For anyone familiar with the iconic WWII photo of the flag being raised over Iwo Jima, the news today was pretty startling: the Marine Corps has opened an investigation to determine who actually raised the flag. You may wonder what this has to do with John F. Kennedy’s assassination, but bear with me a few moments for a little background...
Even those of us born decades after WWII recognize this image, which was shot by AP photographer Joe Rosenthal shortly after U.S. Marines took the tiny island in a pivotal and intensely bloody battle with the Japanese. The photo became the basis for the bronze larger-than-life USMC War Memorial statue in Arlington, VA. Months after the shot was taken, it made such an impact on the American public, that FDR flew three of the surviving flag raisers back to the U.S. and sent them on a tour to raise war bonds.
But now we learn that one of those men, John Bradley, did not actually raise the flag. You can see why in this beautifully written and illustrated article, “New mystery arises from iconic Iwo Jima image,” which was published in the Omaha World-Herald. In my mind, the evidence against Bradley as the flag raiser is so clear that the Marines should have acted much sooner after the article appeared in 2014. What makes this revelation especially ironic is the fact that Bradley’s son, James, co-wrote a bestselling book about his father’s role in the photo called, Flags of Our Fathers, which went on to become a movie directed by Clint Eastwood. Meanwhile the unidentified flag raiser, a Detroiter named Harold Schultz, lived the rest of his life in obscurity – at least until the World-Herald article.
So who made this discovery? If you had to guess, you might say, the Smithsonian Institution, a college history professor or some other well-published authority on WWII. But instead, the credit goes to two so-called “amateur” historians. Stephen Foley, who worked for a building supply company in Ireland, was laid up for a few weeks after surgery when he came to the conclusion about Bradley after poring over other photos taken shortly before and after the flag was raised. He then passed the baton to Eric Krelle, a toy designer and WWII buff who runs a web site dedicated to the Marine division involved in the battle. He arrived at the real flag raiser's identity with equally convincing photo evidence.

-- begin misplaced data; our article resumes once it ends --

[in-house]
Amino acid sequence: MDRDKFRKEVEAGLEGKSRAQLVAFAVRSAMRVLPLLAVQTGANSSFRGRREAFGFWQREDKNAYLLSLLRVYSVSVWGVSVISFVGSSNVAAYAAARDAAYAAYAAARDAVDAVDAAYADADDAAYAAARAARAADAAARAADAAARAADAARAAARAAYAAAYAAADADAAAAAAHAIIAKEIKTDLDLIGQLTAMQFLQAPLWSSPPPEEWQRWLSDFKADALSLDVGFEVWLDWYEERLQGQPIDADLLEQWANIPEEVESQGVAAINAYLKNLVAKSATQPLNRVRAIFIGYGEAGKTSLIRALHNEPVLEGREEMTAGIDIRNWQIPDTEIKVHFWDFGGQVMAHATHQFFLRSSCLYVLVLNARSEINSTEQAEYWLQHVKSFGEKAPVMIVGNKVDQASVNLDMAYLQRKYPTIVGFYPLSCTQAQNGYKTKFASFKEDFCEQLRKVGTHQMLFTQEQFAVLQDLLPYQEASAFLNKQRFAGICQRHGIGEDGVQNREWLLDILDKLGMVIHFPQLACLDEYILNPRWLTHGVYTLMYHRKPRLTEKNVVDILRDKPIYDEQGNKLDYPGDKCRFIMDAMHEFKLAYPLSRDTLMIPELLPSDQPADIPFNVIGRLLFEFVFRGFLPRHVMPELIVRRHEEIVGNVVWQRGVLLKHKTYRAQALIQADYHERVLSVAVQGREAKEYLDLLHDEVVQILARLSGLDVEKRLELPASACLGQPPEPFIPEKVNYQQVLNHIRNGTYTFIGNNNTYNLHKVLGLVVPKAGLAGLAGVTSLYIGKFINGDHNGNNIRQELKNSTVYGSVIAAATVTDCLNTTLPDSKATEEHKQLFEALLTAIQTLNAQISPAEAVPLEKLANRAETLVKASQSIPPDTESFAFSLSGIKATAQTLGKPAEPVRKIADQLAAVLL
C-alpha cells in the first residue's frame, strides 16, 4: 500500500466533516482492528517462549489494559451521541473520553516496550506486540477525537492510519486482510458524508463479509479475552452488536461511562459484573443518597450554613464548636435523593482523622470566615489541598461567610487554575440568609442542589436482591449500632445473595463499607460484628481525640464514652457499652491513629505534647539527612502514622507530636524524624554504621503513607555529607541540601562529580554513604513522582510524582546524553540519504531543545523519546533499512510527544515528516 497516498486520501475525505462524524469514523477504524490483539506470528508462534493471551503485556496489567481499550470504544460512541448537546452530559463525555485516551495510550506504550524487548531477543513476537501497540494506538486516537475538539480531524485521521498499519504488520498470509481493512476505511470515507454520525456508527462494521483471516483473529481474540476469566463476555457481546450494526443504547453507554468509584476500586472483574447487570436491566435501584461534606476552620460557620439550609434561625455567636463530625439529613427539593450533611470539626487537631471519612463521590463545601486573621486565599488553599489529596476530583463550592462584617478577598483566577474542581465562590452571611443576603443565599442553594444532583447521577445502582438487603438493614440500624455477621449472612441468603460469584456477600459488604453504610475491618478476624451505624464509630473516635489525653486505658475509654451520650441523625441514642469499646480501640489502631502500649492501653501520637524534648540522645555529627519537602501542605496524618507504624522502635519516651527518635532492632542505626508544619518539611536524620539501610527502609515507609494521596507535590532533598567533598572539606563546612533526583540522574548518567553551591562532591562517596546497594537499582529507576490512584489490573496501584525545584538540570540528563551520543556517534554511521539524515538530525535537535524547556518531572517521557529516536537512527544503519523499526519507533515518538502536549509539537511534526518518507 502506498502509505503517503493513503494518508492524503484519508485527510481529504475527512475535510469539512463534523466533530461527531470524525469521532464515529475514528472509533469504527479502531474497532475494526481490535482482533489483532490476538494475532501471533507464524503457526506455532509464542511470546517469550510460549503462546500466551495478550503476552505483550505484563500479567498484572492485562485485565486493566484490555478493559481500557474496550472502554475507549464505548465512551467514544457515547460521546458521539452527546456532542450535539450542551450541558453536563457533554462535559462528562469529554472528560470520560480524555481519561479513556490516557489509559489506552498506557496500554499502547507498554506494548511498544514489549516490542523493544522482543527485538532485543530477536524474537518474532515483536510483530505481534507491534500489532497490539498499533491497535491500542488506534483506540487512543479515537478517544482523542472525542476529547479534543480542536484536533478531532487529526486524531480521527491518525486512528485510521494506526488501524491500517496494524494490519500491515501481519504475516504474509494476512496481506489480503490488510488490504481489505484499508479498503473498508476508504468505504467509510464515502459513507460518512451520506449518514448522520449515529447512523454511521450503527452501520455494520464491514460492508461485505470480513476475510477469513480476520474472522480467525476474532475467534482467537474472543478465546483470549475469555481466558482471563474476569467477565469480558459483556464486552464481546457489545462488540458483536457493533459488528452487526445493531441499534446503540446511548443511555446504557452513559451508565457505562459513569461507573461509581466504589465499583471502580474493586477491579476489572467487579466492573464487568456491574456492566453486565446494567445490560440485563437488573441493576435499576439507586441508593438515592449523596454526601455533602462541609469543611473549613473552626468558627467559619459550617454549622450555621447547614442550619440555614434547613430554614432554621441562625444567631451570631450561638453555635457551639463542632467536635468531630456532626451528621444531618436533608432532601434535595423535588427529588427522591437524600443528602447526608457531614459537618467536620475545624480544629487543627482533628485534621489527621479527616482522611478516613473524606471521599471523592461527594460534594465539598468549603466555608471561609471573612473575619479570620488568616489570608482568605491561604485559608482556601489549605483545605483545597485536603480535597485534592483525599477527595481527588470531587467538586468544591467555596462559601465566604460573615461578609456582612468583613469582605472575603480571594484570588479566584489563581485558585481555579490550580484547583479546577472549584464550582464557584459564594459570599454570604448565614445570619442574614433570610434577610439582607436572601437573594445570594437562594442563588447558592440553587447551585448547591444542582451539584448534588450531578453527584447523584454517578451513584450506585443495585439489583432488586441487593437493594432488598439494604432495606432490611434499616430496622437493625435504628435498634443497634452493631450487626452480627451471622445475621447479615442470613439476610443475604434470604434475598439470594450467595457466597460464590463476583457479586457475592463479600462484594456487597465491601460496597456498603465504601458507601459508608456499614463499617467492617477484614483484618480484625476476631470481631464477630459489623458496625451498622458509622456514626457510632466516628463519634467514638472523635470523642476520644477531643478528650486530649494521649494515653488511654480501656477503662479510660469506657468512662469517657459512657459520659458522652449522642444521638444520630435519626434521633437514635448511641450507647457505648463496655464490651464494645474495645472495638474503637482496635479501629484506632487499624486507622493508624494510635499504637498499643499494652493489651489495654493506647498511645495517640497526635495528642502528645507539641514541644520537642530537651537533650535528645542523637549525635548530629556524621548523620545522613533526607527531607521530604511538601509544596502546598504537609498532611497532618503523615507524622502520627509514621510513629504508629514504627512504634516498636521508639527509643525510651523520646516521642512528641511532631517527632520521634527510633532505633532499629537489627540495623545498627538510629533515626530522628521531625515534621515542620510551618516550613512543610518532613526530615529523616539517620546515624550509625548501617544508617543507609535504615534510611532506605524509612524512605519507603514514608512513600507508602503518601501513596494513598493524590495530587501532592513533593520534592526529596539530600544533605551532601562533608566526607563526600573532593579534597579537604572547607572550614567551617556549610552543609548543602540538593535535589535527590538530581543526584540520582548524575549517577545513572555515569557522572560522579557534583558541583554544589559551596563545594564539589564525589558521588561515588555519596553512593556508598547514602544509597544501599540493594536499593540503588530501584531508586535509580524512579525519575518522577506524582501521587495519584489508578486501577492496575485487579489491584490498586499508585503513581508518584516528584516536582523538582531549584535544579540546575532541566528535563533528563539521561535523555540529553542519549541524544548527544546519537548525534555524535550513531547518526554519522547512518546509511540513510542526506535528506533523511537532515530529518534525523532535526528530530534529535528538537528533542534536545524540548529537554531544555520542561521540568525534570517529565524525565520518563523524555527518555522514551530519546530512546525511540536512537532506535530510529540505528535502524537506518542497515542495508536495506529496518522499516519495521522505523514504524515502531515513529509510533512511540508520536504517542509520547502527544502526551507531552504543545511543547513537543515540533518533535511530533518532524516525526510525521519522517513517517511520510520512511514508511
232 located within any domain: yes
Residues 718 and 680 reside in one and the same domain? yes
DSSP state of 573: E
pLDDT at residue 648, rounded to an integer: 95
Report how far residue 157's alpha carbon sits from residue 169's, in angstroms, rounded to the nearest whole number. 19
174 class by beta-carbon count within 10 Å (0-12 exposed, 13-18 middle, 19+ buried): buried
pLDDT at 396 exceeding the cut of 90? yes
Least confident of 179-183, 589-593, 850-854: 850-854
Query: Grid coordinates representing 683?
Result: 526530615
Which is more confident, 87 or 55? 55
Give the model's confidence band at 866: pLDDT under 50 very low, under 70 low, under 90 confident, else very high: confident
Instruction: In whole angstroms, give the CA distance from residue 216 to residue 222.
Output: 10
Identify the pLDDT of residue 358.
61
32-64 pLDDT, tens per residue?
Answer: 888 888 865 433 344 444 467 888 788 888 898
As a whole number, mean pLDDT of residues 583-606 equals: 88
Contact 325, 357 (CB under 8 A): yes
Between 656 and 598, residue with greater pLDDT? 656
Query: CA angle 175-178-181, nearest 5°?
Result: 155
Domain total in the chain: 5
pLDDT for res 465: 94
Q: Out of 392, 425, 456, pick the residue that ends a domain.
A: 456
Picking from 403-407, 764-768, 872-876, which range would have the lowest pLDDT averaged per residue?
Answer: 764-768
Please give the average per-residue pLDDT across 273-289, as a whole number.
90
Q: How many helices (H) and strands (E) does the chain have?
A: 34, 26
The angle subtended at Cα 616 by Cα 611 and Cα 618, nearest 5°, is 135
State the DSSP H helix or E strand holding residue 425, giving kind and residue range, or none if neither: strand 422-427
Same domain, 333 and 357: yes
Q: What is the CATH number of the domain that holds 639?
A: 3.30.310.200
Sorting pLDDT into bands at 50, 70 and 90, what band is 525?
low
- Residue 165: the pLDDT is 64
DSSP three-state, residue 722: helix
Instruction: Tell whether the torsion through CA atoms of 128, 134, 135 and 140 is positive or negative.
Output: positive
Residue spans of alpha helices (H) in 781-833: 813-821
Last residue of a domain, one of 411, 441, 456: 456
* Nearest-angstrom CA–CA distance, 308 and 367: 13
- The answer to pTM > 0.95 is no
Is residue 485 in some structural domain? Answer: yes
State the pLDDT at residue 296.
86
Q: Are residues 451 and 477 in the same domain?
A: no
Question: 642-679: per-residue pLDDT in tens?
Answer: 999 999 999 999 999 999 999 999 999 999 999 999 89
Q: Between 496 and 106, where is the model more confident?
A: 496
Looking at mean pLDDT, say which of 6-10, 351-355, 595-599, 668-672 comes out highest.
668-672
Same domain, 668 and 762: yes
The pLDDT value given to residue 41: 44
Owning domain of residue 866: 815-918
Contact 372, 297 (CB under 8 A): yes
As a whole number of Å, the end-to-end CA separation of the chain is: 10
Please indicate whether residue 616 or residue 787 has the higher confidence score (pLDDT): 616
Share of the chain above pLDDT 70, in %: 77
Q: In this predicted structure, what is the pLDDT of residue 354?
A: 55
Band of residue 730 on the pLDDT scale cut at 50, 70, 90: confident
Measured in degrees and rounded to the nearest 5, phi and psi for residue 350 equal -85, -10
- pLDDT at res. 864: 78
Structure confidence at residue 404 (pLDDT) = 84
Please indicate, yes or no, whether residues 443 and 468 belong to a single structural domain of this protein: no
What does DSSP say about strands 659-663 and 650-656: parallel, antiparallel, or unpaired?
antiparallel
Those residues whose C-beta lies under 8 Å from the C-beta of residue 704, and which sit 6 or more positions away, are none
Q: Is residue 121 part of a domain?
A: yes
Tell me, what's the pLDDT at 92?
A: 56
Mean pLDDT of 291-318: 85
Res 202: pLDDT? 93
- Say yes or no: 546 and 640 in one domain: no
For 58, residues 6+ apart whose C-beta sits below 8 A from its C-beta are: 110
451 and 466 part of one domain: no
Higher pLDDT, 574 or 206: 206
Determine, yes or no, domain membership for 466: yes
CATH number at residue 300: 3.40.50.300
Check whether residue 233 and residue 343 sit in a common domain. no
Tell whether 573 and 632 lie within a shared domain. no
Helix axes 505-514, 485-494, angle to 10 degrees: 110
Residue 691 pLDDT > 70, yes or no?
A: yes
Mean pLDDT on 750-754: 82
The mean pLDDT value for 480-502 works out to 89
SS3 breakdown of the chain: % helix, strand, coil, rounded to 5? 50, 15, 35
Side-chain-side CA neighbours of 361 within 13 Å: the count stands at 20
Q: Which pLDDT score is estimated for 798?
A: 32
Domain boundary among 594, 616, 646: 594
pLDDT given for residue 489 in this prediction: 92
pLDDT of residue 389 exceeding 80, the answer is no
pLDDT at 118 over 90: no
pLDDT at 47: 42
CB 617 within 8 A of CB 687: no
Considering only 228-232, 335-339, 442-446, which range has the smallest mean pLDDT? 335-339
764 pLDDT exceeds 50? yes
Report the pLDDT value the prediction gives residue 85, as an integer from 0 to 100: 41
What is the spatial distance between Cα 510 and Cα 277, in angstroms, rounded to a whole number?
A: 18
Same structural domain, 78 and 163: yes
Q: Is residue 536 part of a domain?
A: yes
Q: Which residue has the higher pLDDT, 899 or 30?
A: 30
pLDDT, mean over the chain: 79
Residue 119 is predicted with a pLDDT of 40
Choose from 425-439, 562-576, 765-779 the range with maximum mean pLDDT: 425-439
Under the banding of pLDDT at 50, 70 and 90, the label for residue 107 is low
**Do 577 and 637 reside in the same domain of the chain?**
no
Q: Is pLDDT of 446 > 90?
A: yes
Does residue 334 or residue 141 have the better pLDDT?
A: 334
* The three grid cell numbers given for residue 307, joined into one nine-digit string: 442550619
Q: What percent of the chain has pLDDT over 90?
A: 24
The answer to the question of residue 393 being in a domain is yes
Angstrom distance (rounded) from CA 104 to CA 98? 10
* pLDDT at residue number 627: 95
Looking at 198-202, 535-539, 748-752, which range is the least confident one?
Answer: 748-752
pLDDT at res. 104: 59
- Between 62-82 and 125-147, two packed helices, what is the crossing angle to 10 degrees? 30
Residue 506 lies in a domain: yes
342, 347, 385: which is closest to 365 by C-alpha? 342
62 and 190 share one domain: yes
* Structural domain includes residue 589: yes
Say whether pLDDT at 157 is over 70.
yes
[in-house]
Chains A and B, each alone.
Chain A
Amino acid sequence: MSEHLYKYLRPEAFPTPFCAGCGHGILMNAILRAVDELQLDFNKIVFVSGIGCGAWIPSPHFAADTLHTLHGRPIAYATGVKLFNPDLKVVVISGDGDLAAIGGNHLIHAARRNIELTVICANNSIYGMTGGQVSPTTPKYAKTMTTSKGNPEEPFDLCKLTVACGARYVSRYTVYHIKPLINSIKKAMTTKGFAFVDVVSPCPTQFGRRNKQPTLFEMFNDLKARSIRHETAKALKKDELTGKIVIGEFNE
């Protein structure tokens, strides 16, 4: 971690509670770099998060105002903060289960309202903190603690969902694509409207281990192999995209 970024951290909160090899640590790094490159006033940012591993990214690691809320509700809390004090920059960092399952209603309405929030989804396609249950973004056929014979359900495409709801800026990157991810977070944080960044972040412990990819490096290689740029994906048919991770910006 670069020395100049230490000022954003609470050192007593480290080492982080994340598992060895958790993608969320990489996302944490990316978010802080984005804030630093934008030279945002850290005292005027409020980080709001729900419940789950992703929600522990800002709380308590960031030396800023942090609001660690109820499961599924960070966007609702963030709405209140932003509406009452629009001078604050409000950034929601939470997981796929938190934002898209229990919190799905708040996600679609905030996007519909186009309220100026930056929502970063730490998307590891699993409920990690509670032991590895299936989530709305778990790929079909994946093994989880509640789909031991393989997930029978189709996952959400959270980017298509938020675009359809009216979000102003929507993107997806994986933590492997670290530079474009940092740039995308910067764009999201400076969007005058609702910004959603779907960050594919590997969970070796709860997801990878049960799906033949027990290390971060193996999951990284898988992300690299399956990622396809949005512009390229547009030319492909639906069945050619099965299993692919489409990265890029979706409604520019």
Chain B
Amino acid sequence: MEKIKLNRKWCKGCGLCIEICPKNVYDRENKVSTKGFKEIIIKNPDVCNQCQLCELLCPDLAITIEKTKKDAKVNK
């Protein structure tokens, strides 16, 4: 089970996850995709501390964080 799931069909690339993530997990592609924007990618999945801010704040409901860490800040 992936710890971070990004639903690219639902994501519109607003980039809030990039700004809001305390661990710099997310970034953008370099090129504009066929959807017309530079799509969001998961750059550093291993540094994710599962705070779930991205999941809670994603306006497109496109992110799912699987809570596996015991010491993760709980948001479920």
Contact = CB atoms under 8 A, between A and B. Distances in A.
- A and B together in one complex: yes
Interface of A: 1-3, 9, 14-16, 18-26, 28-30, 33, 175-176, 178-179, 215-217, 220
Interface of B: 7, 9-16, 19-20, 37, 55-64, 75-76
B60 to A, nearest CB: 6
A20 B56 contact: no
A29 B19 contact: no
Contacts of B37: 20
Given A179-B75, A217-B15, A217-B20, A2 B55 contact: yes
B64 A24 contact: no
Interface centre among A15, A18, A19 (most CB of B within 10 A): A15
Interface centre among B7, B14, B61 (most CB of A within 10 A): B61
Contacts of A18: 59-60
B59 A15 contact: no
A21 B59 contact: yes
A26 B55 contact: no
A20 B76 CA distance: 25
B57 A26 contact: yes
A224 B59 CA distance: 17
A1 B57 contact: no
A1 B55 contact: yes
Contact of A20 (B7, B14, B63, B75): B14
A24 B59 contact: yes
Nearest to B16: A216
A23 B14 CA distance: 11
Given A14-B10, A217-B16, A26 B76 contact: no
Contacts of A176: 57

But just as remarkable is the response of the “professional” historians to the amateurs’ discovery. According to the World-Herald reporter, Matthew Hansen, when he called several pre-eminent military historians to look at a blog Krelle had written to support his thesis, they “flatly refused.” One expert “grudgingly” agreed only after calling the amateurs “insane.” He then called back to say, “One: I think I buy it. Two: Don't quote me on that.”
For anyone who has toiled in the vineyards of JFK assassination research, this has a familiar ring. No matter how convincing your evidence about a conspiracy, the so-called authorities do not even deign to consider it. In this camp, I put most established media outlets and their reporters along with the professional historians. It’s why some of the seminal books on the assassination are either self-published or produced by small publishers. If a book’s research is backed by good sources, there’s no reason to dismiss its conclusions because there’s no name brand on the spine. But there’s an even greater lesson from the example of amateurs Foley and Krelle. As they have proven, thanks to the Internet, the richest source material is no longer locked in an Ivory Tower but is there for all of us to see. All we need to do is start looking.